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A SUNNY midsummer day. There was such
a thing sometimes, even in Coketown.

Seen from a distance in such weather,
Coketown lay shrouded in a haze of its own,
which appeared impervious to the sun's rays.
You only knew the town was there, because
you knew there could have been no such
sulky blotch upon the prospect without a
town. A blur of soot and smoke, now
confusedly tending this way, now that way, now
aspiring to the vault of heaven, now murkily
creeping along the earth, as the wind rose
and fell, or changed its quarter: a dense
formless jumble, with sheets of cross light in it,
that showed nothing but masses of darkness:
Coketown in the distance was suggestive
of itself, though not a brick of it could be

The wonder was, it was there at all. It
had been ruined so often, that it was amazing
how it had borne so many shocks. Surely
there never was such fragile china-ware as
that of which the millers of Coketown were
made. Handle them never so lightly, and they
fell to pieces with such ease that you might
suspect them of having been flawed before.
They were ruined, when they were required to
send labouring children to school; they were
ruined, when inspectors were appointed to
look into their works; they were ruined, when
such inspectors considered it doubtful
whether they were quite justified in chopping
people up with their machinery; they were
utterly undone, when it was hinted that perhaps
they need not always make quite so much
smoke. Besides Mr. Bounderby's gold spoon
which was generally received in Coketown,
another prevalent fiction was very popular
there. It took the form of a threat. Whenever
a Coketowner felt he was ill-used
that is to say, whenever he was not left entirely
alone, and it was proposed to hold him accountable
for the consequences of any of his actshe
was sure to come out with the awful menace,
that he would "sooner pitch his property into
the Atlantic." This had terrified the Home
Secretary within an inch of his life, on several

However, the Coketowners were so patriotic
after all, that they never had pitched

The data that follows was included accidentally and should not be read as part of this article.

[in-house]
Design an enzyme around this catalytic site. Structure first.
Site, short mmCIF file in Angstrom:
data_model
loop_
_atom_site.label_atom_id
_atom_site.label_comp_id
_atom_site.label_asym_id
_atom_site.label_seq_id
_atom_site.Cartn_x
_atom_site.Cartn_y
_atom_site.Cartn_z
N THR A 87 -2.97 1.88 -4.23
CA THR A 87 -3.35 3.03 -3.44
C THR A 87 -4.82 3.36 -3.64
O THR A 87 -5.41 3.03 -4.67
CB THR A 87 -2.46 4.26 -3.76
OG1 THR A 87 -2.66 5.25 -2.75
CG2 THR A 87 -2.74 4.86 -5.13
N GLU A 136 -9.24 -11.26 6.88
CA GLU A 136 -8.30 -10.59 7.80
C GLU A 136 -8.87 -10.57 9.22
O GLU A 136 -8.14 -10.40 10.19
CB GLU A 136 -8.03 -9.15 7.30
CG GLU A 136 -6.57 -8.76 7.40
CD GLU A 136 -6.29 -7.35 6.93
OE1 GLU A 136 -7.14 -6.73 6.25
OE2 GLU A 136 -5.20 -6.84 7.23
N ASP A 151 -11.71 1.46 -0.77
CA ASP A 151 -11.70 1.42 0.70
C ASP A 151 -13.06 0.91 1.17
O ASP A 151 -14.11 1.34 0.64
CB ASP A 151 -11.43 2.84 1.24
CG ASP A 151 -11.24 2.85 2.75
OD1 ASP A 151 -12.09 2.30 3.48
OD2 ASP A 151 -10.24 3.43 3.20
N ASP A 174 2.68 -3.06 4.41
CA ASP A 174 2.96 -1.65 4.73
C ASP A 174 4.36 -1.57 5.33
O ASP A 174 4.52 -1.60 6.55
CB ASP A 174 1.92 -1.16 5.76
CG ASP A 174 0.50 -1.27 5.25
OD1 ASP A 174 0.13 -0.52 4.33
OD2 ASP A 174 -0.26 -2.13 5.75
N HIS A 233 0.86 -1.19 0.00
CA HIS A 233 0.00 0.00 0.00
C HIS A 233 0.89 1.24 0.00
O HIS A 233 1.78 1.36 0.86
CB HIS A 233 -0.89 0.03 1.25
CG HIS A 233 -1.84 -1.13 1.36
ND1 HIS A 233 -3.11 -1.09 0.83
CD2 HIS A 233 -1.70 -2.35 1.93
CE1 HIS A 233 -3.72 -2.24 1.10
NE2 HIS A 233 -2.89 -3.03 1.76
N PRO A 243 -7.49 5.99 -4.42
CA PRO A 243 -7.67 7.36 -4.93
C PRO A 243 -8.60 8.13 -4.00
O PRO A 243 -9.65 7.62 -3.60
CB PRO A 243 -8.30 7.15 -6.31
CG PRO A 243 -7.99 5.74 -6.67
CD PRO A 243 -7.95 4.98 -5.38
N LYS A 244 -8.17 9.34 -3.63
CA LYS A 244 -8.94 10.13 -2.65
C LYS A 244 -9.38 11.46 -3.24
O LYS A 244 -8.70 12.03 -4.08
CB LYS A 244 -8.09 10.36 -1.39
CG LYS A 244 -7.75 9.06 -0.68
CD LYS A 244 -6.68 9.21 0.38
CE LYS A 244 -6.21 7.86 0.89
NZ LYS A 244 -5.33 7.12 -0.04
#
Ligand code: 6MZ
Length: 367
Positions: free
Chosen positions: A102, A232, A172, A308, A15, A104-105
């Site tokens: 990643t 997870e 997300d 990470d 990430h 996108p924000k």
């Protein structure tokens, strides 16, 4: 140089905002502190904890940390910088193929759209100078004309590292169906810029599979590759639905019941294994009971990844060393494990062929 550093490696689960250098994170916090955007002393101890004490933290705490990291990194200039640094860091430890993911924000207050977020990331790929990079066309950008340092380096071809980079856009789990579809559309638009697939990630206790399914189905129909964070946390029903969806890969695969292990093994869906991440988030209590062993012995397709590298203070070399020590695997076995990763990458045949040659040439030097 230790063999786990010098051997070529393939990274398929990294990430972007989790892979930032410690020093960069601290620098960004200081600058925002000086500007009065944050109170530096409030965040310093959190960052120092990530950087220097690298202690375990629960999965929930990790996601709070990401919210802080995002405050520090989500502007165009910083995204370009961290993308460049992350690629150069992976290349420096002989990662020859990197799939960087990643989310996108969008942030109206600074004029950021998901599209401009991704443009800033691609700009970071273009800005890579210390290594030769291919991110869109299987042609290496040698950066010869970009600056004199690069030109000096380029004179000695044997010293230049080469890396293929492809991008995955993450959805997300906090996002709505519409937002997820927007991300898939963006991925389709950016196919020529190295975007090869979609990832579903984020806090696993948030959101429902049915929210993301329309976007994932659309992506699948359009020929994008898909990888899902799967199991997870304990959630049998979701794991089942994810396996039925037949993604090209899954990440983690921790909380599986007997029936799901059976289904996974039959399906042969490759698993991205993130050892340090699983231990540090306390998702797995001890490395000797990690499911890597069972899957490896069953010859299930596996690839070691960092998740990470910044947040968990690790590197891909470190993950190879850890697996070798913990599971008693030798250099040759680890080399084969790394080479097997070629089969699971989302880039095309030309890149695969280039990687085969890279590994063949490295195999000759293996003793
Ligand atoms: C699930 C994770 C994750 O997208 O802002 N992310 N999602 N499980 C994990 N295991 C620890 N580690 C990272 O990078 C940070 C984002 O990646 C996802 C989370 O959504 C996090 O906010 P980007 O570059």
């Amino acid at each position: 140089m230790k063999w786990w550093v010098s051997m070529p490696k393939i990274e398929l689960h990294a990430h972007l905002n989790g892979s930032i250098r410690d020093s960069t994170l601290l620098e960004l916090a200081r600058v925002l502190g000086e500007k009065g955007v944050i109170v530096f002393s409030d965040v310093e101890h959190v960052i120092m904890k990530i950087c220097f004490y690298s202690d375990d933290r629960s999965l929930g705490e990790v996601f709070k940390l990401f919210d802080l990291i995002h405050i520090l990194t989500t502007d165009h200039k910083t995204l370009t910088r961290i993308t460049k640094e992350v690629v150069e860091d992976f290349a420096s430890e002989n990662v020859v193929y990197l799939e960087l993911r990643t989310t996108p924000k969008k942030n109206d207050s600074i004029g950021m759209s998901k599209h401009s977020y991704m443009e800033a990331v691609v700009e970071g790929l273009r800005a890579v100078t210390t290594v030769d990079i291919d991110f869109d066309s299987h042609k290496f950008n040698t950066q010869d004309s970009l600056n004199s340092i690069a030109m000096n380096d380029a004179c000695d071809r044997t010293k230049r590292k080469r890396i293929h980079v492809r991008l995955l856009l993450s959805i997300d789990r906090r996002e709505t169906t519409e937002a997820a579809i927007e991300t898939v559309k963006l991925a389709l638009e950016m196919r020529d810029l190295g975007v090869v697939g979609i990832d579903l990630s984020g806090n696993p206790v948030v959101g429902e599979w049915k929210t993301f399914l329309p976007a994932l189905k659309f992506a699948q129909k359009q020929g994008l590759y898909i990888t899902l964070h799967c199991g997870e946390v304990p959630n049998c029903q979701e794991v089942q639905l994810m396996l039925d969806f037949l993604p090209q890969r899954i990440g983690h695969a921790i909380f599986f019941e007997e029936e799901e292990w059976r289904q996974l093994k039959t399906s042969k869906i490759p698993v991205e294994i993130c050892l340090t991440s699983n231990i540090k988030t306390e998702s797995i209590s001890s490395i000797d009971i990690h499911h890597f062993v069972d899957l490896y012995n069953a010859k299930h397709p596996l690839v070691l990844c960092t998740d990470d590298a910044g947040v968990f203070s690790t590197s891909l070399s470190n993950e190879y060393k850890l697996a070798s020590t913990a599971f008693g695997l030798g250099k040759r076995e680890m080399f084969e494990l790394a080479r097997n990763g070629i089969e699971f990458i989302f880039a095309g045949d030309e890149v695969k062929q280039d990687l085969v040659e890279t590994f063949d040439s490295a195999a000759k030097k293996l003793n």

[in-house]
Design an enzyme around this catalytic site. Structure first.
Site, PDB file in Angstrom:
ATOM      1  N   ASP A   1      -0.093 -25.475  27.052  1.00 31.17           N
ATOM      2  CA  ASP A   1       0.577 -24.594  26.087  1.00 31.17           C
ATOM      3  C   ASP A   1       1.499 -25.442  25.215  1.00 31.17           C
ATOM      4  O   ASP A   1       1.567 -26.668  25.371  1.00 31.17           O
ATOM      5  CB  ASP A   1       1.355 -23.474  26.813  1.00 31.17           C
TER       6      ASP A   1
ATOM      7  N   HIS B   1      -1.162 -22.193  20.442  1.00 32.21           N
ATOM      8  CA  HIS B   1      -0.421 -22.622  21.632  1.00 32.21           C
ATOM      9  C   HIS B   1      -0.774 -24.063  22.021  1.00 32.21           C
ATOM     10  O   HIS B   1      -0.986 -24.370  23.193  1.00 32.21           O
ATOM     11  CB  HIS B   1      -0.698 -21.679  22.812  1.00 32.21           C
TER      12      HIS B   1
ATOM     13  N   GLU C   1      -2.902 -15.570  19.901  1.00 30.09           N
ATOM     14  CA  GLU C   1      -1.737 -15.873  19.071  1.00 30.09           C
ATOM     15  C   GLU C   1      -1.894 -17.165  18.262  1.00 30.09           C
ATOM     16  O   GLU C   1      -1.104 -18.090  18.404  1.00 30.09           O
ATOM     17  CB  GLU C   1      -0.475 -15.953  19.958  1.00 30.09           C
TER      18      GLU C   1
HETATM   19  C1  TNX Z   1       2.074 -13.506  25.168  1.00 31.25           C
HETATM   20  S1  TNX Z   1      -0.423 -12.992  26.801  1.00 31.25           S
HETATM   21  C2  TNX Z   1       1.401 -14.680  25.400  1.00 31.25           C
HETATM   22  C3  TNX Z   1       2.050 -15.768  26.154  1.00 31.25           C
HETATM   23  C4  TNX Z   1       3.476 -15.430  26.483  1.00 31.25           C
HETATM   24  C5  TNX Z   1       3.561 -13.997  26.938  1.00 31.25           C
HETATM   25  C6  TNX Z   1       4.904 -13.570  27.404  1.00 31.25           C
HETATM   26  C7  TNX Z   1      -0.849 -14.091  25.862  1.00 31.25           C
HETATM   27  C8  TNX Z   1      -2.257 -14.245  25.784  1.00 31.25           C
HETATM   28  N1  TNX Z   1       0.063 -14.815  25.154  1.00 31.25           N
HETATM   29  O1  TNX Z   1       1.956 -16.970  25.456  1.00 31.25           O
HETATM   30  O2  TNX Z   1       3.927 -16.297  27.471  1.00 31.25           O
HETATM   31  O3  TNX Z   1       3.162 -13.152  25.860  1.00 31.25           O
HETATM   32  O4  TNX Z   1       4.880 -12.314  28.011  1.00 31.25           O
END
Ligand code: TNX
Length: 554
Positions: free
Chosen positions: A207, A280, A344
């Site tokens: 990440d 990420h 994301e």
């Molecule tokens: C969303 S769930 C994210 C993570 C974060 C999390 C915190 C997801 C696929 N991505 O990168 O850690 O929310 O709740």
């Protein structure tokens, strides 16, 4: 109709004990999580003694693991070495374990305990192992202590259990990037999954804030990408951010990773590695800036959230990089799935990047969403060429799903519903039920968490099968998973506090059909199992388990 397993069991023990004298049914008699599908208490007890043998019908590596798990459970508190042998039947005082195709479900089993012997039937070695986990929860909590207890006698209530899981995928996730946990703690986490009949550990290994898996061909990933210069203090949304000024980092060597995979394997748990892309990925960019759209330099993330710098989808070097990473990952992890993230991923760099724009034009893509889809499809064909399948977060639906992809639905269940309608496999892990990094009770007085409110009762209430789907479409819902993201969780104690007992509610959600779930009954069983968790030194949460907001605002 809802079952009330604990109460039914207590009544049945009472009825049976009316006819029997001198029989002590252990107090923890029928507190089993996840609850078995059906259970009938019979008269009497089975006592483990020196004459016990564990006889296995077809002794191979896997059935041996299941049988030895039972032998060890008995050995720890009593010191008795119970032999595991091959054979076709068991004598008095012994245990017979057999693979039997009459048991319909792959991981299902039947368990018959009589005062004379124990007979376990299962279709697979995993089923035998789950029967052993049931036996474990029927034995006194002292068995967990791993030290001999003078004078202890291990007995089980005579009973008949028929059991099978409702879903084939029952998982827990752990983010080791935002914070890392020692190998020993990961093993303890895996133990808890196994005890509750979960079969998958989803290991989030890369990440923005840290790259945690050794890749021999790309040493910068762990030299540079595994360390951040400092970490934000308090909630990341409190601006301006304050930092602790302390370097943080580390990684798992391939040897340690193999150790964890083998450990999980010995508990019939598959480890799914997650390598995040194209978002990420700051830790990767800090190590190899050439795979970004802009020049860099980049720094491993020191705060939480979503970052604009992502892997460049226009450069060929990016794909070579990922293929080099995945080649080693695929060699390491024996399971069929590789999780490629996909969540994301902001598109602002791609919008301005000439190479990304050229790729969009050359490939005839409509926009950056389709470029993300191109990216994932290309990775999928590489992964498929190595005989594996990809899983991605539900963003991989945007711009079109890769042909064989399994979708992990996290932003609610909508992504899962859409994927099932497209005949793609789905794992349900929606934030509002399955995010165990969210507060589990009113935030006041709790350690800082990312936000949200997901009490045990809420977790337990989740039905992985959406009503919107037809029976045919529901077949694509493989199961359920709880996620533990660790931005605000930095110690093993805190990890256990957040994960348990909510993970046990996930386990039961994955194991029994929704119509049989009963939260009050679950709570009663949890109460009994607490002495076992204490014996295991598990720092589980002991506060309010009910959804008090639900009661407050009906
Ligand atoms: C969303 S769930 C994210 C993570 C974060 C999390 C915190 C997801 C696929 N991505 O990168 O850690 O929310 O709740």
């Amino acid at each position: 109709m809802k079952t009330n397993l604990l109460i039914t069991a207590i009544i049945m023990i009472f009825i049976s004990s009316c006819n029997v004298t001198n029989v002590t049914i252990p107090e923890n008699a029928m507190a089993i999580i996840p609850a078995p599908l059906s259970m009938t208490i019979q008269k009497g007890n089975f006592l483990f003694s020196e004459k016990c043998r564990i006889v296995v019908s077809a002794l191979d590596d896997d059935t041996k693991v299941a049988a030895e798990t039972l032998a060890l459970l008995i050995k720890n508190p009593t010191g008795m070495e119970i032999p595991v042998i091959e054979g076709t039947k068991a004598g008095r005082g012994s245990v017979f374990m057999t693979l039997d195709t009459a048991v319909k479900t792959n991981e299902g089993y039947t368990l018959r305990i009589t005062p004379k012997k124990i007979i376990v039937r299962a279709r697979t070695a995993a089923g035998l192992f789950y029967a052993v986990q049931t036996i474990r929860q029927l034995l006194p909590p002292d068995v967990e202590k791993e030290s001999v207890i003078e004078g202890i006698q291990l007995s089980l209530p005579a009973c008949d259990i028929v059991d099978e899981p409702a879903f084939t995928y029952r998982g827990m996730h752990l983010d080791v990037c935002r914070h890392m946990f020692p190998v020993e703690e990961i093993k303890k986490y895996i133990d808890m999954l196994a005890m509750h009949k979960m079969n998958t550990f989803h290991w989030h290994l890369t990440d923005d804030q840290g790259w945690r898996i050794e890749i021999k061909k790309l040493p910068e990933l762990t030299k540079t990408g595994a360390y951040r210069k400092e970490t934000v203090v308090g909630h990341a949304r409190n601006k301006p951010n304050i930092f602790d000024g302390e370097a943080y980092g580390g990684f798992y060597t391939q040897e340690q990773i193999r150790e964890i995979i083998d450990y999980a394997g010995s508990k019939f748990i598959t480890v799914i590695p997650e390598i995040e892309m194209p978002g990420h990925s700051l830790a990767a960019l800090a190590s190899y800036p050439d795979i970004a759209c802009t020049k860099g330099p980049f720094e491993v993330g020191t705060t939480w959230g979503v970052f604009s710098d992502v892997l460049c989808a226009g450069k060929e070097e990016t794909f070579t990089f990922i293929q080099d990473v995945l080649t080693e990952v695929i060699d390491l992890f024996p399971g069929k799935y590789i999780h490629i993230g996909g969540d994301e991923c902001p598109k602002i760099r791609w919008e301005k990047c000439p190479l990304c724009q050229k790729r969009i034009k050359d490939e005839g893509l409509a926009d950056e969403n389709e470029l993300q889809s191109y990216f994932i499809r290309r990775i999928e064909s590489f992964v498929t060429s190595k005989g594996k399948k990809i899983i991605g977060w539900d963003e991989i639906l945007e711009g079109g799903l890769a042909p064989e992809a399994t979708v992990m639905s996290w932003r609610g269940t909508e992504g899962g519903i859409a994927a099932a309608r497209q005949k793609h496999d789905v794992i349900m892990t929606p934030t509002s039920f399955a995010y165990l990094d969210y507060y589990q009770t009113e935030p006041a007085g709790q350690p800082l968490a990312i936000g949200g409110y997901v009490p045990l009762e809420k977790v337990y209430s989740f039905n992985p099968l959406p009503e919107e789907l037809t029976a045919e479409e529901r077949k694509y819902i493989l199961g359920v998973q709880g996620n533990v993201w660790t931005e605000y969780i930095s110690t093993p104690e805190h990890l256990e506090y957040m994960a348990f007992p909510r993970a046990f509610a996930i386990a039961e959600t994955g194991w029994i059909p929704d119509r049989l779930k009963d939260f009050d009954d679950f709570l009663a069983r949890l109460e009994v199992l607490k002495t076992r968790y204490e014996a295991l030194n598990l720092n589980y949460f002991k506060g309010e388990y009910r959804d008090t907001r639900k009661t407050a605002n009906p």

their property into the Atlantic yet, but on
the contrary, had been kind enough to take
mighty good care of it. So there it was, in
the haze yonder; and it increased and multiplied.

The streets were hot and dusty on the
summer day, and the sun was so bright that
it even shone through the heavy vapour
drooping over Coketown, and could not be
looked at steadily. Stokers emerged from
low underground doorways into factory yards,
and sat on steps, and posts, and palings,
wiping their swarthy visages, and contemplating
coals. The whole town seemed to be
frying in oil. There was a stifling smell
of hot oil everywhere. The steam-engines
shone with it, the dresses of the Hands
were soiled with it, the mills throughout their
many stories oozed and trickled it. The
atmosphere of those Fairy palaces was like the
breath of the simoom; and their inhabitants,
wasting with heat, toiled languidly in the
desert. But no temperature made the melancholy
mad elephants more mad or more sane.
Their wearisome heads went up and down at
the same rate, in hot weather and cold, wet
weather and dry, fair weather and foul.
The measured motion of their shadows on
the walls, was the substitute Coketown had to
show for the shadows of rustling woods; while,
for the summer hum of insects, it could offer,
all the year round, from the dawn of Monday
to the night of Saturday, the whirr of shafts
and wheels.

Drowsily they whirred all through this
sunny day, making the passenger more
sleepy and more hot as he passed the
humming walls of the mills. Sun-blinds, and
sprinklings of water, a little cooled the main
streets and the shops; but the mills, and
the courts and alleys, baked at a fierce
heat. Down upon the river that was black
and thick with dye, some Coketown boys who
were at largea rare sight thererowed a
crazy boat, which made a spumous track upon
the water as it jogged along, while every dip
of an oar stirred up vile smells. But the sun
itself, however beneficent generally, was less
kind to Coketown than hard frost, and rarely
looked intently into any of its closer regions
without engendering more death than life.